After his death, Abraham Harms's career as a suspected smuggler was immortalized in a ballad by a local Mexican band — Banda Joven.
The lyrics for "El Corrido de Abraham" say:
I'm tired of being poor,
Abraham said to his sons.
I'm going to the U.S.
To sell a few kilos…
God took Abraham away
But his sons remained.
Arrest in Canada
Enrique Harms has only been arrested once in Canada — for minor charges — by a Leamington Police Services officer in the 1990s. He was fingerprinted, photographed and then released.
Since then he has been indicted at least three times in the U.S. for smuggling drugs — most recently in Colorado in 2013.
That indictment for trafficking marijuana came after the Drug Enforcement Agency seized 1,000 kilograms of pot bound for a Mennonite operation in Calgary.
In an interview with former Los Angeles Times reporter Sam Quinones, the Leamington Police Services officer who arrested Abraham Harms in 1989 and Enrique Harms a few years after that said: "What I've seen in 1988 is that it went from a guy selling a couple of hundred pounds of marijuana to guys who sell hundreds of thousands of kilos of marijuana and cocaine all over the United States and Canada.
"[Abraham and Enrique Harms] are the inventors of the Mennonite mob. That's the original family. They're involved in homicides and everything else."
The Oklahoma Bureau of Narcotics says that one of their informants, Abraham Wiebe, was ordered kidnapped by Enrique Harms and tortured for two weeks in Mexico before being dumped in a lake in 1999. His body has never been found.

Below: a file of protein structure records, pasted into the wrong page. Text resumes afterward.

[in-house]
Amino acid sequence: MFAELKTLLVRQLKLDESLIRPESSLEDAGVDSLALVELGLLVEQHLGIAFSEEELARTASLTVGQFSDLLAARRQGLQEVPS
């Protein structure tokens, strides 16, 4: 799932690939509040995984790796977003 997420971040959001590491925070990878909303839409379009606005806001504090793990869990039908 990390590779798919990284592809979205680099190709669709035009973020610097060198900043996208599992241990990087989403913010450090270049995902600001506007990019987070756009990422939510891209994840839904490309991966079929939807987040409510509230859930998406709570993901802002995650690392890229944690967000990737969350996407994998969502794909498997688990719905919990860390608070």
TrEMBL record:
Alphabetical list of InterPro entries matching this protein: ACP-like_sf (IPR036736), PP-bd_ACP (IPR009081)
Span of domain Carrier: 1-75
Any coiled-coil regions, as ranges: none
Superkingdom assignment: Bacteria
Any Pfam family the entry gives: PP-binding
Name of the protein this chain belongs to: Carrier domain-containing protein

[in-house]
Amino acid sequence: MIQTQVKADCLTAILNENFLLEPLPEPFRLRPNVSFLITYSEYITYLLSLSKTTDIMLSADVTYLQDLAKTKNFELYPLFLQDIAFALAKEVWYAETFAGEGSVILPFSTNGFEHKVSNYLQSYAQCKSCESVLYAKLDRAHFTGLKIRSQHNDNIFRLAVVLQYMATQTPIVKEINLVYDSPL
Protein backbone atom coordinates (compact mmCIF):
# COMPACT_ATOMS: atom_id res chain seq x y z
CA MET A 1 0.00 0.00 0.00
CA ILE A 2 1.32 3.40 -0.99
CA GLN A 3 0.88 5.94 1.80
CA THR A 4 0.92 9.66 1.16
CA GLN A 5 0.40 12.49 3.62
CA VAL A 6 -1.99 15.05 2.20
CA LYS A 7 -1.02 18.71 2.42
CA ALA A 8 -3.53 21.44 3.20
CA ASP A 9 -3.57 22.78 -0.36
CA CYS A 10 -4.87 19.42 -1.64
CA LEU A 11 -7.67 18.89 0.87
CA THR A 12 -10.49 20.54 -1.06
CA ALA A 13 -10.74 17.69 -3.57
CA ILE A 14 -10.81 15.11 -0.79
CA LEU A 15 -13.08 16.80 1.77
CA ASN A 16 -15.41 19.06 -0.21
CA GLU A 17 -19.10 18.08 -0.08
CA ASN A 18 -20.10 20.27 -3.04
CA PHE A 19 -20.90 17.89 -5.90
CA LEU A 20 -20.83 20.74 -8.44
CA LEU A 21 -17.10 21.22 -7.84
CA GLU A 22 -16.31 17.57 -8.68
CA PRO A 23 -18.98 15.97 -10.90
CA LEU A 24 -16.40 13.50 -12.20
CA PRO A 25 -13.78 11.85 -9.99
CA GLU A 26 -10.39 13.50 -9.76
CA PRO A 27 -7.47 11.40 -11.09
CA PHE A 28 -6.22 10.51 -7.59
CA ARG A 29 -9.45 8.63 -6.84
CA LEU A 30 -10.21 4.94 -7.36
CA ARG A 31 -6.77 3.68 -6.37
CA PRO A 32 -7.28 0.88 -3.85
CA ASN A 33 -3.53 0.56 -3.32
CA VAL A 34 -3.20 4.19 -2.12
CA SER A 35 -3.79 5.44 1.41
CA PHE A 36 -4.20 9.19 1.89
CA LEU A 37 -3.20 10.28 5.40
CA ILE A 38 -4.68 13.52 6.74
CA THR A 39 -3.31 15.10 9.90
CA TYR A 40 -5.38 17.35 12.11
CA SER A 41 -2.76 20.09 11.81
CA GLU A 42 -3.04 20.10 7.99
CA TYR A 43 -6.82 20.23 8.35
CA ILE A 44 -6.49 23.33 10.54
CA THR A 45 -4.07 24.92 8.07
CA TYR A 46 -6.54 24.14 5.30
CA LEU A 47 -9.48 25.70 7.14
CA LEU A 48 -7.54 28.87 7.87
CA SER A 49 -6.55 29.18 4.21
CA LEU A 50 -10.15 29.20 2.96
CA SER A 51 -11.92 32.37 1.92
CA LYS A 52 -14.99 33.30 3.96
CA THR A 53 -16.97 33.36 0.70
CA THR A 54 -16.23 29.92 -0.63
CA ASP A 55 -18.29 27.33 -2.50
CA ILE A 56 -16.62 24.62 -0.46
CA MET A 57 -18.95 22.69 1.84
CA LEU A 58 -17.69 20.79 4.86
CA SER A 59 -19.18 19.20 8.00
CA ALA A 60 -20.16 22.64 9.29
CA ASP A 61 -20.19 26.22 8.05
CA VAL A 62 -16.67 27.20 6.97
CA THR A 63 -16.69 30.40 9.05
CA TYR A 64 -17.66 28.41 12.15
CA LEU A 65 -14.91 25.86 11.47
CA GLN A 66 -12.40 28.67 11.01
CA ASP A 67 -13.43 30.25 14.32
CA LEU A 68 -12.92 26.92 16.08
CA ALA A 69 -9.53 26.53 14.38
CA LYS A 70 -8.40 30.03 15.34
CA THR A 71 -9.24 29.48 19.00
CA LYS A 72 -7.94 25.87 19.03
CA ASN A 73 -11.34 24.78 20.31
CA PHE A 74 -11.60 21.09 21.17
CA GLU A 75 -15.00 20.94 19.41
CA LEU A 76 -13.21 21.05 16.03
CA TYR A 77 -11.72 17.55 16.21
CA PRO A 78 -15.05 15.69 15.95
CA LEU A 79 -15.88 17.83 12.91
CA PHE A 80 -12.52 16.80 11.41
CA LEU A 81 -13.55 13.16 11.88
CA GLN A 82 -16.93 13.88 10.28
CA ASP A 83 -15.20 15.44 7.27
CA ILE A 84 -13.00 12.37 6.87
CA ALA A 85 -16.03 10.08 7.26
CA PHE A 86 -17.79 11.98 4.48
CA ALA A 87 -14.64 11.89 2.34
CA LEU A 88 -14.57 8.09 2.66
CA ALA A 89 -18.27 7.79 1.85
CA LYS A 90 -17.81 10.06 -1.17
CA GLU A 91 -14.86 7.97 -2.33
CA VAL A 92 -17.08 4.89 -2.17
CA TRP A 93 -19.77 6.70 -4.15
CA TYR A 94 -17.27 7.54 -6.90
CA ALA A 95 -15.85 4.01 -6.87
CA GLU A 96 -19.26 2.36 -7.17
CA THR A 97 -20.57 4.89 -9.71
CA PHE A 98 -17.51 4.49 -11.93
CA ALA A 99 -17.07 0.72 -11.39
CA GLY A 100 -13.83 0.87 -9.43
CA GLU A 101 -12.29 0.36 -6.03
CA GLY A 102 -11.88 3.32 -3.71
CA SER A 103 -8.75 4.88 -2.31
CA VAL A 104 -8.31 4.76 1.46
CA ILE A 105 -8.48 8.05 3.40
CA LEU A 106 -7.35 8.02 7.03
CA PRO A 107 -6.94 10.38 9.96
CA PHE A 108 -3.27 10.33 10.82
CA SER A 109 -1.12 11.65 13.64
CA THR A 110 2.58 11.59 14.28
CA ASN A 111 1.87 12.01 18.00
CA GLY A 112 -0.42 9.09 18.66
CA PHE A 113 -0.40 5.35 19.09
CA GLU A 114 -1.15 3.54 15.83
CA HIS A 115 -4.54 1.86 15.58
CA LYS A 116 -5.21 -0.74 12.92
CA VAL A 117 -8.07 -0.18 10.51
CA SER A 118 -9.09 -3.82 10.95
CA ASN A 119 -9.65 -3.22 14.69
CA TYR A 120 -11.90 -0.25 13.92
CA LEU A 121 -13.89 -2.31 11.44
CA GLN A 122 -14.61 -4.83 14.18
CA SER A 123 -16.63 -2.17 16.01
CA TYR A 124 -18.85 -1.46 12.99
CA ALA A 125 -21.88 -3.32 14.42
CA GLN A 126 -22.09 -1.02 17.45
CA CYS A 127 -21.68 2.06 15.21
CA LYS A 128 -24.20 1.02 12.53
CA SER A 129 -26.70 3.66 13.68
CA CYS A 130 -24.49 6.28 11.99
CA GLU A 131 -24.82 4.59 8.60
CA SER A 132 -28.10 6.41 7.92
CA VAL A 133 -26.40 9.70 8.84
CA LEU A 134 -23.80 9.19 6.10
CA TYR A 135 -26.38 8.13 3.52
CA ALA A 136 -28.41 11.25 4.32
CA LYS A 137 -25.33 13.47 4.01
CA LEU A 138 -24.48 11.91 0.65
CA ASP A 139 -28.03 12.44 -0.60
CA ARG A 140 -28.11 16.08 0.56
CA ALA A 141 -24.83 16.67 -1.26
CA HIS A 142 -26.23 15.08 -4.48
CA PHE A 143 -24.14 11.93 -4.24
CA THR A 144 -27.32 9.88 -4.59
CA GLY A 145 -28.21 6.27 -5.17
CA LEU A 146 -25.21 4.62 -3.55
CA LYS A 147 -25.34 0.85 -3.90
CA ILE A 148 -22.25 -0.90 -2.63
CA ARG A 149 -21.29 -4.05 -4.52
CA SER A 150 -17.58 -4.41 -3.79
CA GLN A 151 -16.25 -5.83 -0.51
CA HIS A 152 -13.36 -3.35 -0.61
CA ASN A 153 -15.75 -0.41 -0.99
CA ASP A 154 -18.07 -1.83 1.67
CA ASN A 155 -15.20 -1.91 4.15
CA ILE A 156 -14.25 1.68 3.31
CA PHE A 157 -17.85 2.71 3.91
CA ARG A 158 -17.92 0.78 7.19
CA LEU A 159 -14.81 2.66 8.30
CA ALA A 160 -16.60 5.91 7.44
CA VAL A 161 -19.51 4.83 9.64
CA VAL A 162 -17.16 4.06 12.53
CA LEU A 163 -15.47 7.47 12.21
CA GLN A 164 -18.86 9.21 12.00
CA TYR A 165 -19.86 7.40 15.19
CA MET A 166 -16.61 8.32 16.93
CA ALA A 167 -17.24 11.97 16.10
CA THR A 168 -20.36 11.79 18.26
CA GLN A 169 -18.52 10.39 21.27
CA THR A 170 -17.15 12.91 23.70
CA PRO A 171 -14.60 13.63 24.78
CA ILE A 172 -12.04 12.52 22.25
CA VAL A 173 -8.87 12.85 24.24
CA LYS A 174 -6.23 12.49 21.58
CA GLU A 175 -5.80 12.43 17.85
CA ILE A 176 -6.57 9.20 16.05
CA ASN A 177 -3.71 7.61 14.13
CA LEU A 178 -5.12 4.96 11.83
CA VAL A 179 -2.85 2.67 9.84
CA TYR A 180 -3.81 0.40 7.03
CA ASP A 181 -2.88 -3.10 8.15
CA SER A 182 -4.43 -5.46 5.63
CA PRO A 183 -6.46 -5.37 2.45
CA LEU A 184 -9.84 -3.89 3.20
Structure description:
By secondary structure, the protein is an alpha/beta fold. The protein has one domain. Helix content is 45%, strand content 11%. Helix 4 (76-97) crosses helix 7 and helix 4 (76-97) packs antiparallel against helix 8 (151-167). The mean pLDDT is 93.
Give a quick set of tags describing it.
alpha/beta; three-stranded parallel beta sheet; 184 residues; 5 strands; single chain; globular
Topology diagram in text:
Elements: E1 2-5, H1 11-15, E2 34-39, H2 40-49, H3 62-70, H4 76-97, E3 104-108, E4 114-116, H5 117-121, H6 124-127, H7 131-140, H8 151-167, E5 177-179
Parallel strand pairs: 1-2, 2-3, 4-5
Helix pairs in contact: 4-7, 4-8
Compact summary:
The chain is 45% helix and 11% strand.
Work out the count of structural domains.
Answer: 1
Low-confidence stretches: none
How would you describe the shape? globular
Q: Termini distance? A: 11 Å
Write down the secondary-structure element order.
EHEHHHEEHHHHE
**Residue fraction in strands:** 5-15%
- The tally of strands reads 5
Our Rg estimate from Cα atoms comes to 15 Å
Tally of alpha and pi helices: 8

Wiebe's widow said she left her Mennonite faith as a result and has since remarried and moved to another state with their children.
Cortez said arresting Enrique Harms would give him "closure" on the death of Abraham Wiebe.
"He lost his life helping us. That's just as black and white as I can put it," Cortez told fifth estate host Bob McKeown in February.
Ronnie Jackson, the former Thomas, Okla., police chief who introduced Wiebe to Cortez, says all these years later the case still haunts him.
"The story of [Wiebe] being kidnapped and tortured, it weighs," he said, his words trailing off.
"I haven't had any issues with it lately but there's times I've woken up seeing it in a dream," he said in a telephone interview from Arizona.
Jackson said another informant told the Oklahoma Bureau of Narcotics that Wiebe "was castrated, electrocuted and dumped in a lake somewhere in Mexico."
Enrique Harms is said to have at least four brothers and one sister.
His brother John carved out a career as a film actor, producing and starring in several Mexican movies about drug lords.
Details are not known on what became of the other siblings or their mother.
A police source in Canada says that he suspects Enrique and his brothers still go back and forth between Wheatley, near Leamington, and Cuauhtemoc to this day, using fake ID, because of family ties in Ontario.
Enrique Harms's current location is unknown, although American authorities say they suspect he still lives in Cuauhtemoc.
Abraham Harms died in a car crash in 1994, not 1996 as originally stated.Mar 01, 2017 12:56 PM ET